Safety Not Guaranteed
Time Out says
You can already tell that it’s going to take an observant director to pull out the best in sarcastic Aubrey Plaza (of TV’s Parks and Recreation), a rising star who might get Kristen Wiiged for a while in unworthy films. Too easily, she fits this indie effort’s mold of a Seattle alt-journo intern, emitting a steady seethe over her banal tasks. But when Plaza widens her enormous eyes at a potential career break—a stranger takes out a classified ad looking for a fellow time traveler—there’s both her character’s mocking sense of faux conspiracy (“There’s no sense in nonsense, especially when the heat’s hot,” she tells the kook somberly) and, impossible to miss, a young woman falling in love with a kindred spirit.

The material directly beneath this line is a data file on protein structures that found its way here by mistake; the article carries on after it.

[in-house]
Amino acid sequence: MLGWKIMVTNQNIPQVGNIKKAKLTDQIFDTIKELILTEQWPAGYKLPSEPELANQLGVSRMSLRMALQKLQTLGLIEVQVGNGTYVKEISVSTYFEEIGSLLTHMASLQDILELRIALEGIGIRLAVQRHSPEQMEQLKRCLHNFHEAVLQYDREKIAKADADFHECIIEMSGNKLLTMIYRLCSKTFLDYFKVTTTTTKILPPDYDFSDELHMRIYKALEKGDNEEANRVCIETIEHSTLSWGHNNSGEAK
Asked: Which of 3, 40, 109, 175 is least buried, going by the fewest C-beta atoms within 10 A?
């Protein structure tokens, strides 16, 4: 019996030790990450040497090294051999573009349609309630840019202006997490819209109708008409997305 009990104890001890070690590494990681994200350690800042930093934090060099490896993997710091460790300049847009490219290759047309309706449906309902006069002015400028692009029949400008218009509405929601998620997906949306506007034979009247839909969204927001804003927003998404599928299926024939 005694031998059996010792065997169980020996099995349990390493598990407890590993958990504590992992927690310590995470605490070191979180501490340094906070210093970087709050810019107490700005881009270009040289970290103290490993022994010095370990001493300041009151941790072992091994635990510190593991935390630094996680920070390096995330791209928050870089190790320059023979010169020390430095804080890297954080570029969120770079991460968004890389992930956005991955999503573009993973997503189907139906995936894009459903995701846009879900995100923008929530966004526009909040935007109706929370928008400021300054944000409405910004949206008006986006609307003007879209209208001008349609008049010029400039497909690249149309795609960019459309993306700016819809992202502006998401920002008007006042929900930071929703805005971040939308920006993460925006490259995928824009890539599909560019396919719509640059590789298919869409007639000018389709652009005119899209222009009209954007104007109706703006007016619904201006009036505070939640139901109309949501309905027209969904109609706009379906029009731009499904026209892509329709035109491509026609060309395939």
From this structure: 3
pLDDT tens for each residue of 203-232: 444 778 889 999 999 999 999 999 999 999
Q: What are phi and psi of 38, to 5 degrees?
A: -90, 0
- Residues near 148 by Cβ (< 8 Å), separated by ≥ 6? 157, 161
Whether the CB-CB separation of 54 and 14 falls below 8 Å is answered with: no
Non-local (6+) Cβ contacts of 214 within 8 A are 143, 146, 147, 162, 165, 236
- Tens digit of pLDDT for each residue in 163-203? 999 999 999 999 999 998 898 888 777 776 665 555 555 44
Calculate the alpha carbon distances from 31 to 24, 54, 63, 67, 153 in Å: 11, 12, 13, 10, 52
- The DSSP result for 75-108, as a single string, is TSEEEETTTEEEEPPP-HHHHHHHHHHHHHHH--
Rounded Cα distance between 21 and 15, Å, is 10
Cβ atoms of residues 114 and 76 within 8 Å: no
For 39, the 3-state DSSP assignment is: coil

The target of her affections, loner Kenneth, is played by director-actor Mark Duplass, blooming into a rangy alternative to Hollywood’s sweaty manchildren. Here, he looks like Aaron Eckhart gone to seed while building a secret device in his garage. Safety Not Guaranteed doesn’t quite know what kind of comedy it wants to be; the humor works best in its first hour, when the news-of-the-weird plot takes on a suggestive dimension of romantic desperation. (Plaza’s boss, the paper’s glib writer on the story, goes AWOL on a quest of his own, one that’s mysteriously abandoned.) Alas, a sophisticated trajectory is cut short for an outcome that’s cringingly earnest. Who’d want to go back in time when a whole future is right there in his arms?
Follow Joshua Rothkopf on Twitter: @joshrothkopf